Testing RESTful webservices

With the world of IT systems and applications becoming more and more distributed, testing the interfaces between system components becomes ever more important. In a previous post I have introduced a very basic way to test a SOAP web service interface. However, nowadays, in the world of APIs, the REpresentational State Transfer or REST standard becomes increasingly popular due to its lightweight nature. This article introduces a way to test RESTful APIs in a simple yet effective manner, and in a way that integrates smoothly with your existing Java-based testing frameworks, such as those based on Selenium Webdriver.

RESTful APIs come in several varieties. In this post, we are going to see two of them: one returning XML responses (I used this one) and one returning JSON responses (I used this one). You’re welcome to click on either link to see the difference in response format.

Also, I have used some external libraries to get the code to work:

Verify the HTTP status code
The first thing we are going to test for our services is whether they respond to our requests at all. This means we are going to validate whether the HTTP response code for the REST service is correct. There way to do this is equal for both XML and JSON REST APIs:

public static void testStatusCode(String restURL) throws ClientProtocolException, IOException {

	HttpUriRequest request = new HttpGet(restURL);
	HttpResponse httpResponse = HttpClientBuilder.create().build().execute(request);

Pretty simple, right? As you probably know, calling a RESTful API is done by either sending a HTTP POST or a HTTP GET to a specific URL. This in contrast with SOAP web services, where you send a specific XML message to an endpoint. Then, retrieve the HTTP status code from the response and check whether this is OK (i.e., equal to HTTP 200).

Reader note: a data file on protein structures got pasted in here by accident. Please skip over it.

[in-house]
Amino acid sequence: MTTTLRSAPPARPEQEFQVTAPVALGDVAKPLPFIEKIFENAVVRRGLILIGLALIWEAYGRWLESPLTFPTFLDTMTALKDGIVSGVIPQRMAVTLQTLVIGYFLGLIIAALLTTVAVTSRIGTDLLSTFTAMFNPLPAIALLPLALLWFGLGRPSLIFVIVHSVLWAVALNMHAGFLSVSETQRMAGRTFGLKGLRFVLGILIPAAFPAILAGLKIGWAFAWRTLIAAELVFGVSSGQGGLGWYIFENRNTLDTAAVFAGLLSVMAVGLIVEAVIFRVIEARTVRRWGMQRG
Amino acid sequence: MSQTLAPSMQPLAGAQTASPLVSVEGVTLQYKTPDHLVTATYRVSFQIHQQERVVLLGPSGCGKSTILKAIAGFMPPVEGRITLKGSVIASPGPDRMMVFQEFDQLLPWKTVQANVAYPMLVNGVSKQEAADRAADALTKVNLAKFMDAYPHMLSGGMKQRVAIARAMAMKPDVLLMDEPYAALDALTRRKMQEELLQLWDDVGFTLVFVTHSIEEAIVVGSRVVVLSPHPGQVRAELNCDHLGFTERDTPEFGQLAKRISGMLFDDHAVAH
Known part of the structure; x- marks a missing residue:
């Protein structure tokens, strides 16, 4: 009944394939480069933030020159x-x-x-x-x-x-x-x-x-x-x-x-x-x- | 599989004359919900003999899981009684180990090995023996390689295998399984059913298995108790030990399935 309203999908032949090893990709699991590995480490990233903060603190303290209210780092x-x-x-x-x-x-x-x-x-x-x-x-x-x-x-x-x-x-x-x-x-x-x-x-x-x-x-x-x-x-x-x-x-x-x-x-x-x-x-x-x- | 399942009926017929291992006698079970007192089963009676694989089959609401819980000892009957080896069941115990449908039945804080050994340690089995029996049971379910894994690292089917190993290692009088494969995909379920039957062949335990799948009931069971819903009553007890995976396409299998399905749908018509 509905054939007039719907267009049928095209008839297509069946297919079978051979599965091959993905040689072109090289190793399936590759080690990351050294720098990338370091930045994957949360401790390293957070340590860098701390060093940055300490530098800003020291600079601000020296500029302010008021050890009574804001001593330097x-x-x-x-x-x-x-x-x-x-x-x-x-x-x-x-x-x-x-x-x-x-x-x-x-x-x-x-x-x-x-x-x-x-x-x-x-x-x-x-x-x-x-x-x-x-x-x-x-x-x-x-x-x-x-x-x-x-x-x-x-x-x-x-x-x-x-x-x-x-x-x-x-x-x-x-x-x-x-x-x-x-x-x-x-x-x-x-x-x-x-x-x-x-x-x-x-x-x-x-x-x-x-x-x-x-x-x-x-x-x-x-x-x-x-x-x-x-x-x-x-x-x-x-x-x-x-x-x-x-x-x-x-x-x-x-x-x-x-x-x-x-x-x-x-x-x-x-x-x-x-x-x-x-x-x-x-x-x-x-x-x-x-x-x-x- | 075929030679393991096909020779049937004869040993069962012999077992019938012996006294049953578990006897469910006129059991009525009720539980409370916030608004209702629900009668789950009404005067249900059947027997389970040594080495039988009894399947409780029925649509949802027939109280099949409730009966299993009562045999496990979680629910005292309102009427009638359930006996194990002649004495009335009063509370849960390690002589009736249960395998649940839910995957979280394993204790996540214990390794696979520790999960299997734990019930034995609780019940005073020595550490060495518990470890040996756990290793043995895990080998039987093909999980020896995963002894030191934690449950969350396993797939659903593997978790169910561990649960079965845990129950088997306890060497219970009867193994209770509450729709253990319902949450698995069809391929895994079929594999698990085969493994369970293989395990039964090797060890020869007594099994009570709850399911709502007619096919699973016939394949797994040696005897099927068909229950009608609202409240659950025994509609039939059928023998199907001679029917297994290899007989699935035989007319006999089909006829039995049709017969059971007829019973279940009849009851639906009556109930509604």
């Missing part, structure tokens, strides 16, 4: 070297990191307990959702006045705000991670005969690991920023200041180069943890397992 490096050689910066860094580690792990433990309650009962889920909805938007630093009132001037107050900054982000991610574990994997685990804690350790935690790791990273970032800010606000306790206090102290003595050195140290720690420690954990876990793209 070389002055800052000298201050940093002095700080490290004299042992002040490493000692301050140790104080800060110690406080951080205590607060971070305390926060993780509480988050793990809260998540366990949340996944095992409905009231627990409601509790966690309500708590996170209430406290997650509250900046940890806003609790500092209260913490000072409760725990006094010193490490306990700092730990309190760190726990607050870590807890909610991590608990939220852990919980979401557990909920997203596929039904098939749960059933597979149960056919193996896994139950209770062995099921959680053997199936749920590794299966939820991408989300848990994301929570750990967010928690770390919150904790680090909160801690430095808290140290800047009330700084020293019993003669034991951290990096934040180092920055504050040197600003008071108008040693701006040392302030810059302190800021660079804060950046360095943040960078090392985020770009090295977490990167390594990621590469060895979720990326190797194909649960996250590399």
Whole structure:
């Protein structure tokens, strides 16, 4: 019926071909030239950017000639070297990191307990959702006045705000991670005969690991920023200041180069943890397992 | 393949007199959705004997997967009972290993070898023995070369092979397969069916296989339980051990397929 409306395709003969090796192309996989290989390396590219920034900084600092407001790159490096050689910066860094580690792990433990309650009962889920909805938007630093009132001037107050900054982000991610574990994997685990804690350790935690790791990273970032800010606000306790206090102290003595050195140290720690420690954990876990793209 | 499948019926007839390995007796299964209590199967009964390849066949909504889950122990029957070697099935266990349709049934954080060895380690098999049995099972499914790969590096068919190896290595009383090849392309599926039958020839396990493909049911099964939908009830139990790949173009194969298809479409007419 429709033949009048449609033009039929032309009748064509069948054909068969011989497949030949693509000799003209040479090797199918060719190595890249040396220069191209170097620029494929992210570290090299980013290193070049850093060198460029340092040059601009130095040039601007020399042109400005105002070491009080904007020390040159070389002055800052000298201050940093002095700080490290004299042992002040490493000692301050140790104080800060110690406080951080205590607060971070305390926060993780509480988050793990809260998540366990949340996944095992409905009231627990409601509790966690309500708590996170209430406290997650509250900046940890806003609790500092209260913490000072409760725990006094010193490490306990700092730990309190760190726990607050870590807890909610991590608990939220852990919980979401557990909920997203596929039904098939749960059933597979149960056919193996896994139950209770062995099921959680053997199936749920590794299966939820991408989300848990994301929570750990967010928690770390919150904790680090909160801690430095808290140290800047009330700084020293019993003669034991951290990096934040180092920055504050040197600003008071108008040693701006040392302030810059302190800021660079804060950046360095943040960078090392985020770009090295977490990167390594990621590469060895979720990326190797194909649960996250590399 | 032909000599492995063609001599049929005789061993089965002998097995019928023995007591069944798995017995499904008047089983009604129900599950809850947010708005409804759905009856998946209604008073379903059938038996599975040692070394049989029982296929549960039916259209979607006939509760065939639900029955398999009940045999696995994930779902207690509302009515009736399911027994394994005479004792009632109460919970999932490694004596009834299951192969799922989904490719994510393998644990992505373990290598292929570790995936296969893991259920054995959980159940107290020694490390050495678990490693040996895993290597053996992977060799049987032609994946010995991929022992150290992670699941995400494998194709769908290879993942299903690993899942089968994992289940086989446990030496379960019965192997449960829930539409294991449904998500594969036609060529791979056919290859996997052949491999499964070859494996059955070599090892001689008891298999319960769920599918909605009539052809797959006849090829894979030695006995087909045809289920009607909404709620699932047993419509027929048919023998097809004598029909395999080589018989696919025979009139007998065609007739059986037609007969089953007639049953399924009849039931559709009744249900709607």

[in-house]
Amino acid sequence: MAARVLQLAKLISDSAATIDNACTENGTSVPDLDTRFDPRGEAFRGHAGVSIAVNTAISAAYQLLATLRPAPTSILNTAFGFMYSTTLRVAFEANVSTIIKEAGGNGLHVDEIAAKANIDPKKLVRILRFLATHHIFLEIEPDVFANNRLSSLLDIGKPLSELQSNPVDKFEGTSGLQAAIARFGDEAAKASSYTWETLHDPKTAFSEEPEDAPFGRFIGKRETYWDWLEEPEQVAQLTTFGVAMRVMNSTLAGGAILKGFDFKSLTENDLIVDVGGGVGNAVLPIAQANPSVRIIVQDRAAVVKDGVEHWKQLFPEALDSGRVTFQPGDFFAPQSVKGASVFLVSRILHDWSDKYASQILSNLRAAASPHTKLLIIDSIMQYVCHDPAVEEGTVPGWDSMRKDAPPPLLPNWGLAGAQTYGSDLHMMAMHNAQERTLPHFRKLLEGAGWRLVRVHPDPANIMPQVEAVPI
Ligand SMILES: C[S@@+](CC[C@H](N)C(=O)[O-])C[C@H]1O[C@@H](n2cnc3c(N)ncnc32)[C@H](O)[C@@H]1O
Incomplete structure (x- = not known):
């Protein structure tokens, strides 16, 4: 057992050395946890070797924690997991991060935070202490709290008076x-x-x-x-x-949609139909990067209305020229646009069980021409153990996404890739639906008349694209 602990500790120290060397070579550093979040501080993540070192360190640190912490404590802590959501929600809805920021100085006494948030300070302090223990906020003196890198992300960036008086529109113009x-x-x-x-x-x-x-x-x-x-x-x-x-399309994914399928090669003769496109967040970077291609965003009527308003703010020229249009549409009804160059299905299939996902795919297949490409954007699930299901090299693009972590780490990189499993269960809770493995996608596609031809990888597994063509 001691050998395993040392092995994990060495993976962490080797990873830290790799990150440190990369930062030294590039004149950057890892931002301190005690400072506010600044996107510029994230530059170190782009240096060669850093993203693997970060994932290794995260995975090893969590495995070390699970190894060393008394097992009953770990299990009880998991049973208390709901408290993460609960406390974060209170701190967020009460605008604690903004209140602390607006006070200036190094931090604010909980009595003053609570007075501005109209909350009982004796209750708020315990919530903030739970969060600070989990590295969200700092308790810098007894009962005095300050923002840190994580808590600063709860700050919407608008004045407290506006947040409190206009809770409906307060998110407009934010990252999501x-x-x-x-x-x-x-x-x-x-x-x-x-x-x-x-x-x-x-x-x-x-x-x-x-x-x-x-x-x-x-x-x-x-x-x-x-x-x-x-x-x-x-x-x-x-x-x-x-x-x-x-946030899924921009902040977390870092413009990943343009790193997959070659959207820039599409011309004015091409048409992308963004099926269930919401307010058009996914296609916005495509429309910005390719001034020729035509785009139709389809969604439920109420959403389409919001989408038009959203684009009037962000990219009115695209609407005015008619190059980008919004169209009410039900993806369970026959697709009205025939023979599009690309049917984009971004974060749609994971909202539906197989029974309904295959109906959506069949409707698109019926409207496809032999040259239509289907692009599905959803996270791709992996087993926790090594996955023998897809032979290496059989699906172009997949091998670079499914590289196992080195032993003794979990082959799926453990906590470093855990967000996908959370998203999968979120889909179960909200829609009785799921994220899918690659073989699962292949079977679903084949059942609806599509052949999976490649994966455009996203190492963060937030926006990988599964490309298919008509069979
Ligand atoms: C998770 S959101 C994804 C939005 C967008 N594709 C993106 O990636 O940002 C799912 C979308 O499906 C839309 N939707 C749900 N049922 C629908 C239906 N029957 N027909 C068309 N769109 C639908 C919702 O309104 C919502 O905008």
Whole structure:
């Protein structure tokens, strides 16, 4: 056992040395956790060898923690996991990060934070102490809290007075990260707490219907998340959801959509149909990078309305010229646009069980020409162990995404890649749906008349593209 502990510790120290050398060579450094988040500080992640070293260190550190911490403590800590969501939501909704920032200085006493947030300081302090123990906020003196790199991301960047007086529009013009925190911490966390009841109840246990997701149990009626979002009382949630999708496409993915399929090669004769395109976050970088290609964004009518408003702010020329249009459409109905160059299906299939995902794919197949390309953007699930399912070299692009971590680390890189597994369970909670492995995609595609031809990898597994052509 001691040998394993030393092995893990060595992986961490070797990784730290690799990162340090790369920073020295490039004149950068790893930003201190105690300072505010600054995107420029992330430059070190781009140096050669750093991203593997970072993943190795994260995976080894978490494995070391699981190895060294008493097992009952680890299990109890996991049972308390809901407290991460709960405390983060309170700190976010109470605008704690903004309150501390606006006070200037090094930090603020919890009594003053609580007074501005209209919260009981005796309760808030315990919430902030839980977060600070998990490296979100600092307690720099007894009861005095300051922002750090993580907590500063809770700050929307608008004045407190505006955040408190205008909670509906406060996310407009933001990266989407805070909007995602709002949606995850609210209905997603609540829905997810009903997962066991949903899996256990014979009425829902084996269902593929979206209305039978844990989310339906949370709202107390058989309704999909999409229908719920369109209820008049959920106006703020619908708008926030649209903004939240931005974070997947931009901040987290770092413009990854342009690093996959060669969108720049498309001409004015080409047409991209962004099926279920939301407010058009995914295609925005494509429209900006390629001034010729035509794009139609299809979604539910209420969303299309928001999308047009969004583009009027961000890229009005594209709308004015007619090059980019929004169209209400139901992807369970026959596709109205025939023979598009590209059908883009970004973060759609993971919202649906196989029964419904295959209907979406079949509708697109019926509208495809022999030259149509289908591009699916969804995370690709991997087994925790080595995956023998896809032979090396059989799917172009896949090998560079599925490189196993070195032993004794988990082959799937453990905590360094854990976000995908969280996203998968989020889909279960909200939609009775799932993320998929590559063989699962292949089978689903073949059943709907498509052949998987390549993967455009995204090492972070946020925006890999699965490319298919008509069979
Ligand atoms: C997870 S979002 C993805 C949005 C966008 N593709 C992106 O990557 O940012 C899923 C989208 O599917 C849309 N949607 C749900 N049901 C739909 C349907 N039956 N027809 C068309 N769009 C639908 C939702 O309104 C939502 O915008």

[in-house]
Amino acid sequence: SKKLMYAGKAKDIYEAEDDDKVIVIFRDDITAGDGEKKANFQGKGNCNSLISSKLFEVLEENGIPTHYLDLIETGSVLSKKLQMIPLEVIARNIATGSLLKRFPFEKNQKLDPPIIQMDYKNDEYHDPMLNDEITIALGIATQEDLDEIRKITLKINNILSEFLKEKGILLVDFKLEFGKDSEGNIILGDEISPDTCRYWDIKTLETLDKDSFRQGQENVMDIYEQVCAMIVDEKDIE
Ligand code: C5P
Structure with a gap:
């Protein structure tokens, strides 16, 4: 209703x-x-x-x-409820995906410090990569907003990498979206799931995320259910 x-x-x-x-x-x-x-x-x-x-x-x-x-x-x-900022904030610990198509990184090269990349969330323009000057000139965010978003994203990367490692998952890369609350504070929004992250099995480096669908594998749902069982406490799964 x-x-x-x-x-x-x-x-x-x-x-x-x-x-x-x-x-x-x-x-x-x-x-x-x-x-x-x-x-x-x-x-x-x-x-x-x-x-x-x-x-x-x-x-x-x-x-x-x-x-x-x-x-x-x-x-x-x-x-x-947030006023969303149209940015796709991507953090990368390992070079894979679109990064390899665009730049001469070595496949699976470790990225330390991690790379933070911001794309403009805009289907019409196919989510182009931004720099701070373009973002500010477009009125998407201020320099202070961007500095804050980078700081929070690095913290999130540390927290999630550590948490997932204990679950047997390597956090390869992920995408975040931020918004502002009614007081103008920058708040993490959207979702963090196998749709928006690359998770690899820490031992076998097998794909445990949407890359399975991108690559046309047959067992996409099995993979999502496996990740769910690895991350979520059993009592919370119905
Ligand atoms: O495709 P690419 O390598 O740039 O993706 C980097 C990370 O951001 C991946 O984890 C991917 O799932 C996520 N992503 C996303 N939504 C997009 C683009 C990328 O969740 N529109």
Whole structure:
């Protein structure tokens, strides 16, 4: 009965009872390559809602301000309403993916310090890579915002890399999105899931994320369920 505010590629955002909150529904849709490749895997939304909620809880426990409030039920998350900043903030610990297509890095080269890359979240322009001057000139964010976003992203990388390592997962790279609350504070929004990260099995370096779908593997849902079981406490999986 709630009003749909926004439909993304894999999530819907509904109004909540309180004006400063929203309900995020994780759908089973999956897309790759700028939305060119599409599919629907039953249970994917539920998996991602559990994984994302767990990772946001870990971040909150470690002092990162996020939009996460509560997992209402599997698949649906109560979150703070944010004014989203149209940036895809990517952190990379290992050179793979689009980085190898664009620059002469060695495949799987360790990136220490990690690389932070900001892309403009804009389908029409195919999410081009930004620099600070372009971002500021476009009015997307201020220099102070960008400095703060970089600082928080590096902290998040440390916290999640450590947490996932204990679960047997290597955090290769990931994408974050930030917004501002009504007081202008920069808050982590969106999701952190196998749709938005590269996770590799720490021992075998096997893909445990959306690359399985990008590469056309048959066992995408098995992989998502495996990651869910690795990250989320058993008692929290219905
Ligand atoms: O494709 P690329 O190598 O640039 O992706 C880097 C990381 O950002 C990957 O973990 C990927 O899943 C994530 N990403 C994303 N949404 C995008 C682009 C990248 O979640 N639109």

Verify the response content type
Next, we are going to verify whether our web service sends us the content type we expect (either XML or JSON). Again, this can be done with just a couple of lines of code:

public static void testMimeType(String restURL, String expectedMimeType) throws ClientProtocolException, IOException {
	HttpUriRequest request = new HttpGet(restURL);
	HttpResponse httpResponse = HttpClientBuilder.create().build().execute(request);

Again, just call the RESTful API URL and retrieve the information you need from the response. In this case, we are interested in the MIME type, which should be either ‘application/xml’ or ‘application/json’, depending on the URL we use.

Verify the response content
Now that we have verified whether our services return correct responses with the correct MIME type, it’s time to look at the actual content of the response. This is where testing XML RESTful APIs differs from testing JSON RESTful APIs, since we need to parse the response to extract the elements and element values we’re interested in.

For XML, we can do this using the following piece of code:

public static void testContent(String restURL, String element, String expectedValue) throws ClientProtocolException, IOException, SAXException, ParserConfigurationException {
	Document doc = DocumentBuilderFactory.newInstance().newDocumentBuilder().parse(restURL);
	NodeList nodelist = doc.getElementsByTagName(element);

Note that we use a different way to retrieve the result from the REST URL as we need to parse it as actual XML. After we’ve done that, we simply look for the XML element we’re interested in and compare its value to the value we expect.

For JSON, we can verify element values as follows:

public static void testContentJSON(String restURL, String element, String expectedValue) throws ClientProtocolException, IOException, SAXException, ParserConfigurationException, JSONException {

	HttpUriRequest request = new HttpGet(restURL);
	HttpResponse httpResponse = HttpClientBuilder.create().build().execute(request);

	// Convert the response to a String format
	String result = EntityUtils.toString(httpResponse.getEntity());

	// Convert the result as a String to a JSON object
	JSONObject jo = new JSONObject(result);

	Assert.assertEquals(expectedValue, jo.getString(element));

Here, we need to take an intermediate step to parse the response to a sensible format. First, we convert the HttpResponse to a String, then we convert this String to a JSONObject. From this JSONObject we can then extract the value for a specific element and compare it to an expected value.

The above examples should get you started nicely when you’re asked to include testing RESTful web services in your automated testing solutions.

Again, happy testing!

An example Eclipse project where I use the code above can be downloaded here.

32 thoughts on “Testing RESTful webservices